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Diabetes mellitus is a complex, chronic illness requiring continuous medical care with multifactorial risk reduction strategies beyond glycemic control. Ongoing patient self-management education and support are critical to preventing acute complications and reducing the risk of long-term complications. Significant evidence exists that supports a range of interventions to improve diabetes outcomes.
The Standards of Care recommendations are not intended to preclude clinical judgment and must be applied in the context of excellent clinical care and with adjustments for individual preferences, comorbidities, and other patient factors.
AACE medical guidelines for developing a diabetes mellitus comprehensive care plan
This CPG will complement and extend existing CPGs available in the literature, as well as previously pub- lished American Association of Clinical Endocrinologists DM CPGs. When a routine consultation is made for DM management, these new guidelines advocate that a comprehensive approach is taken and suggest that the clinician should move beyond a simple focus on glycemic control. This comprehensive approach is based on the evi- dence that although glycemic control parameters (hemoglobin A1c, postprandial glucose excursions, fasting plasma glucose, glycemic variability) have an impact on cardiovascular disease risk, mortality, and quality of life, other factors also affect clinical out- comes in persons with DM.These are clinical practice guidelines for developing a diabetes mellitus comprehensive care plan. The mandate for this CPG is to provide a practical guide for comprehensive care that incorporates an integrated consideration of microvascular and macrovascular risk rather than an isolated approach focusing merely on glycemic control.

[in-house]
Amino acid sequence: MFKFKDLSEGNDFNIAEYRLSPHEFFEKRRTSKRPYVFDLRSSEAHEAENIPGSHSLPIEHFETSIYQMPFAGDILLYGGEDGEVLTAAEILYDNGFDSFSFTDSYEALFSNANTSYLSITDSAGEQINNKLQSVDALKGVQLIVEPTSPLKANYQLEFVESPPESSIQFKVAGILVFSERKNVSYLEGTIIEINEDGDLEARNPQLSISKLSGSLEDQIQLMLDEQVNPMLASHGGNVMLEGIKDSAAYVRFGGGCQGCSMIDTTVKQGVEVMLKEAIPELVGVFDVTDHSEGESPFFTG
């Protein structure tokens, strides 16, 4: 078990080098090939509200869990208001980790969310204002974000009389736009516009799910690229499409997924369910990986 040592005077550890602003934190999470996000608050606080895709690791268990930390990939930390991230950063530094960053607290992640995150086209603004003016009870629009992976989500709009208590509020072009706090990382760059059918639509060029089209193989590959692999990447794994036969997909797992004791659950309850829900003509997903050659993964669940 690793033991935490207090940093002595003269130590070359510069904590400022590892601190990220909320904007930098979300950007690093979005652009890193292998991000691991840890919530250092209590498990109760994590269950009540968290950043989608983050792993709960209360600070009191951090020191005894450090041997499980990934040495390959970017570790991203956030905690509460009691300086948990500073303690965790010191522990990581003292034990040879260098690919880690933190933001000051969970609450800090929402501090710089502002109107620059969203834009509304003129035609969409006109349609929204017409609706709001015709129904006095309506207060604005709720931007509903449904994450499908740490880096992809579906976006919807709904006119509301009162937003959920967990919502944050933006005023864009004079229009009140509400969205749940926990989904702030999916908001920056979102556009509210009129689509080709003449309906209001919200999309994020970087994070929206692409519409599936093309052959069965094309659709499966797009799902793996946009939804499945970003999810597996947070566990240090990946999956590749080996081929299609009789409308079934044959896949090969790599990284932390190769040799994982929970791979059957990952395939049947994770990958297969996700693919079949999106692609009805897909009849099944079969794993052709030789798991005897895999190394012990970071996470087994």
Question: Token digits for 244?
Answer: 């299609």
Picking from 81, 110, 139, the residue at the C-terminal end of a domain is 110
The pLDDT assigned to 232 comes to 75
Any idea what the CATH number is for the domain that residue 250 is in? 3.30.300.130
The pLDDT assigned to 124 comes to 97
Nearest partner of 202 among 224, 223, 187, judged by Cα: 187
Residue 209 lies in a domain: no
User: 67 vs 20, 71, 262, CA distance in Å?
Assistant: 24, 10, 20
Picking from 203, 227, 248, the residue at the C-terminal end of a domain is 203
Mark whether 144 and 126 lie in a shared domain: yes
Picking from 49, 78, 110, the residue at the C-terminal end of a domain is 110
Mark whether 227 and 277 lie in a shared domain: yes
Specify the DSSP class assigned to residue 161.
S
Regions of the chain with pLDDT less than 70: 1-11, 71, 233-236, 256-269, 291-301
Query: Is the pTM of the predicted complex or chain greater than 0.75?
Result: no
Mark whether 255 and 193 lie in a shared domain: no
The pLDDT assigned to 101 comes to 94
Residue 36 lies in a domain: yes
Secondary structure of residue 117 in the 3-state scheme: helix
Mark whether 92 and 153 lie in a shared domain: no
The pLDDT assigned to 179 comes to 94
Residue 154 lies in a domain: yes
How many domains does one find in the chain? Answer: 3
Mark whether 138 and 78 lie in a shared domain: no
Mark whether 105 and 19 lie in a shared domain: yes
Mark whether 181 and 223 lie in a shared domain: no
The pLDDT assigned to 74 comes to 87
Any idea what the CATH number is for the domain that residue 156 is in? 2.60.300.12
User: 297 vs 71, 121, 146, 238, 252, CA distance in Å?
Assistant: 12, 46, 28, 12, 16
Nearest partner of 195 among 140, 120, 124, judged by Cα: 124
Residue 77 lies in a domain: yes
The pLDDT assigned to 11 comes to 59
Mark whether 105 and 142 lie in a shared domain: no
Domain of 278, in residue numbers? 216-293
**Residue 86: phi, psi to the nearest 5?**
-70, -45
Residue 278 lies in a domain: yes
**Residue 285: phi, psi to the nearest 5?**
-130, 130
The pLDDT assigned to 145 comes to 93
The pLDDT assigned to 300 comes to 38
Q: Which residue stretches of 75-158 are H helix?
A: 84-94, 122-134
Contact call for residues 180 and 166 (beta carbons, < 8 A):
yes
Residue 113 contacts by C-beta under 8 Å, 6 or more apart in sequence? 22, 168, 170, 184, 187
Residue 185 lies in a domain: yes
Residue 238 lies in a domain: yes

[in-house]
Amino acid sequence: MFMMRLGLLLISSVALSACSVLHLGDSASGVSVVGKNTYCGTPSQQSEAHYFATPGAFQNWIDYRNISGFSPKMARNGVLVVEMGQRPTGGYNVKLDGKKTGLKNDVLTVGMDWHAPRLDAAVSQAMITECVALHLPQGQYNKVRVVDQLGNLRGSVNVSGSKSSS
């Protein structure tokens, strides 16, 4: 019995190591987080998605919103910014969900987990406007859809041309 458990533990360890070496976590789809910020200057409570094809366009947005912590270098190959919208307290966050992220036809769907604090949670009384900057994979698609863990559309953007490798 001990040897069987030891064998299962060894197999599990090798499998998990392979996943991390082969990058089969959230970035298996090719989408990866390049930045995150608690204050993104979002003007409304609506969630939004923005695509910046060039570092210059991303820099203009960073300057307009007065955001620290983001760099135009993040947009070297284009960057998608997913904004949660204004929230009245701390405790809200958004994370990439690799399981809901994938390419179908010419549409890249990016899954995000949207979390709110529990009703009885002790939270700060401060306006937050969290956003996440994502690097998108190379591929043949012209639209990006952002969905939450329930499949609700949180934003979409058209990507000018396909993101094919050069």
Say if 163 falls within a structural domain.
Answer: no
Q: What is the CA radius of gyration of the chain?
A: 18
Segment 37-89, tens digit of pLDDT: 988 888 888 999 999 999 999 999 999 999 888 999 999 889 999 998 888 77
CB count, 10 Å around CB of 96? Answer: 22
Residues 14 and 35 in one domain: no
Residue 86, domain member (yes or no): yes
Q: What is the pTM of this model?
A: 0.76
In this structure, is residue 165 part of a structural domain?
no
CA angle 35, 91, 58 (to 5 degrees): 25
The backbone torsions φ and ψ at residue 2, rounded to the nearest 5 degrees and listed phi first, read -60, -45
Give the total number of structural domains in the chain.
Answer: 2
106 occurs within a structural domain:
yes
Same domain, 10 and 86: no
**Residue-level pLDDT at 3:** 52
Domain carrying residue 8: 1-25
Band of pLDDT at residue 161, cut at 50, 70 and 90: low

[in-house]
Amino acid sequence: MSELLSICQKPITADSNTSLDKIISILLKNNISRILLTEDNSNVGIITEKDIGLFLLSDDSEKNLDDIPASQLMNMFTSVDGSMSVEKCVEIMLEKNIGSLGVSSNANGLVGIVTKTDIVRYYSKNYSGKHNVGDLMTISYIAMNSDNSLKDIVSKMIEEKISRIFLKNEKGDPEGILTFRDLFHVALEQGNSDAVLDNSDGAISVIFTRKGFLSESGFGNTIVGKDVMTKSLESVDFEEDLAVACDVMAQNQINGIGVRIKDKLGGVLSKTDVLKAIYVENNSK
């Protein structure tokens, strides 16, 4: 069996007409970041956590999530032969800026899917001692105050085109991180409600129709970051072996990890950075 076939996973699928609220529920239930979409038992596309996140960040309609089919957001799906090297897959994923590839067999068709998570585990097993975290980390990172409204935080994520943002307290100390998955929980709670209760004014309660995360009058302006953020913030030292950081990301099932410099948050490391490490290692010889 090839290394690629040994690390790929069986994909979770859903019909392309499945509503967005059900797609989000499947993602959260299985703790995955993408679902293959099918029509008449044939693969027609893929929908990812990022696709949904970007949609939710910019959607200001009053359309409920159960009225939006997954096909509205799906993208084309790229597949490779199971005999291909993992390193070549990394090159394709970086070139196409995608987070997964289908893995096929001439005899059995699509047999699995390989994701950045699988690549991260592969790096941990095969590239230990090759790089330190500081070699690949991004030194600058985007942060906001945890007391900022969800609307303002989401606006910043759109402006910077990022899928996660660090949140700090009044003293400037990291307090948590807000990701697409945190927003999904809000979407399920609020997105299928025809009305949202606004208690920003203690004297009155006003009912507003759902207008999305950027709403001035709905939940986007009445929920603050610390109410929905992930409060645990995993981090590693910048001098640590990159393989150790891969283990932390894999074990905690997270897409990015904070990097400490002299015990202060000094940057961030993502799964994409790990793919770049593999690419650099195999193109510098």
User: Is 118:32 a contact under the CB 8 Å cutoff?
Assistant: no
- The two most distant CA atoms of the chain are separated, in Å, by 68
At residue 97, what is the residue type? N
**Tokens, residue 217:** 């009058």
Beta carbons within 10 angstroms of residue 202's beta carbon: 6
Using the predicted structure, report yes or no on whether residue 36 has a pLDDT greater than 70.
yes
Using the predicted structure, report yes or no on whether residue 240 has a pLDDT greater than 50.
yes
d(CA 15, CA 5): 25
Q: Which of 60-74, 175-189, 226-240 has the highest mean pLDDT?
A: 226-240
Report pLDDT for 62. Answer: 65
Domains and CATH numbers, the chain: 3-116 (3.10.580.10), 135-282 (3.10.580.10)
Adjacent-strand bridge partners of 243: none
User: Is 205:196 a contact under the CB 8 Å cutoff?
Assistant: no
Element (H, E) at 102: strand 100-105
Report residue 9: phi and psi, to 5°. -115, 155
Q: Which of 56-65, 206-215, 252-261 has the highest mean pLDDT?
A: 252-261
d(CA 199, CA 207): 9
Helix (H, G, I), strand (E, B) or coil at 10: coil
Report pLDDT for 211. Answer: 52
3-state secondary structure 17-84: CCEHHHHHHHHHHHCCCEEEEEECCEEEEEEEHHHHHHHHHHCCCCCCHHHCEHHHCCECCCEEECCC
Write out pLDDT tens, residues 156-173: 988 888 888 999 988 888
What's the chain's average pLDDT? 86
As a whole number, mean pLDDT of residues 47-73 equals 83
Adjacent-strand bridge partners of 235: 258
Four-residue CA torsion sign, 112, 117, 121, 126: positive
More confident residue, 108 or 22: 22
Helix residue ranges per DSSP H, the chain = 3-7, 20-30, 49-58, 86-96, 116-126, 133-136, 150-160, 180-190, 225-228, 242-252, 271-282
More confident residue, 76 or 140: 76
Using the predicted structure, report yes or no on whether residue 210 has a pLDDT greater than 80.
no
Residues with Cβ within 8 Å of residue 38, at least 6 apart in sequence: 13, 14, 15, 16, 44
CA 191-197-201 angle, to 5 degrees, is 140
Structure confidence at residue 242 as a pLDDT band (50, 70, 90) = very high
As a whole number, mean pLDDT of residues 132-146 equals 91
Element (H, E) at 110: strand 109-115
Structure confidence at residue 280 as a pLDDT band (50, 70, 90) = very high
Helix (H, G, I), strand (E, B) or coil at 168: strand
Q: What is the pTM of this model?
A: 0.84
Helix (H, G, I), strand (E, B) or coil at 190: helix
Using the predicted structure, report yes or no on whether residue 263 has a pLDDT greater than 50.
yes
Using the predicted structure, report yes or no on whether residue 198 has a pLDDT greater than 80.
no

European Society of Endocrinology Clinical Practice Guideline for long-term follow-up of patients operated on for a phaeochromocytoma or a paraganglioma
Phaeochromocytomas and paragangliomas (PPGLs) are rare neuroendocrine tumours. Standard treatment is surgical resection. Following complete resection of the primary tumour, patients with PPGL are at risk of developing new tumoural events. The present guideline aims to propose standardised clinical care of long-term follow-up in patients operated on for a PPGL. The guideline has been developed by The European Society of Endocrinology and based on the Grading of Recommendations Assessment, Development and Evaluation (GRADE) principles. We performed a systematic review of the literature and analysed the European Network for the Study of Adrenal Tumours (ENS@T) database. The risk of new events persisted in the long term and was higher for patients with genetic or syndromic diseases. Follow-up in the published cohorts and in the ENS@T database was neither standardised nor exhaustive, resulting in a risk of follow-up bias and in low statistical power beyond 10 years after complete surgery. To inform patients and care providers in this context of low-quality evidence, the GuidelineWorking Group therefore prepared recommendations on the basis of expert consensus. Key recommendations are the following: we recommend that all patients with PPGL be considered for genetic testing; we recommend assaying plasma or urinary metanephrines every year to screen for local or metastatic recurrences or new tumours; and we suggest follow-up for at least 10 years in all patients operated on for a PPGL. High-risk patients (young patients and those with a genetic disease, a large tumour and/or a paraganglioma) should be offered lifelong annual follow-up.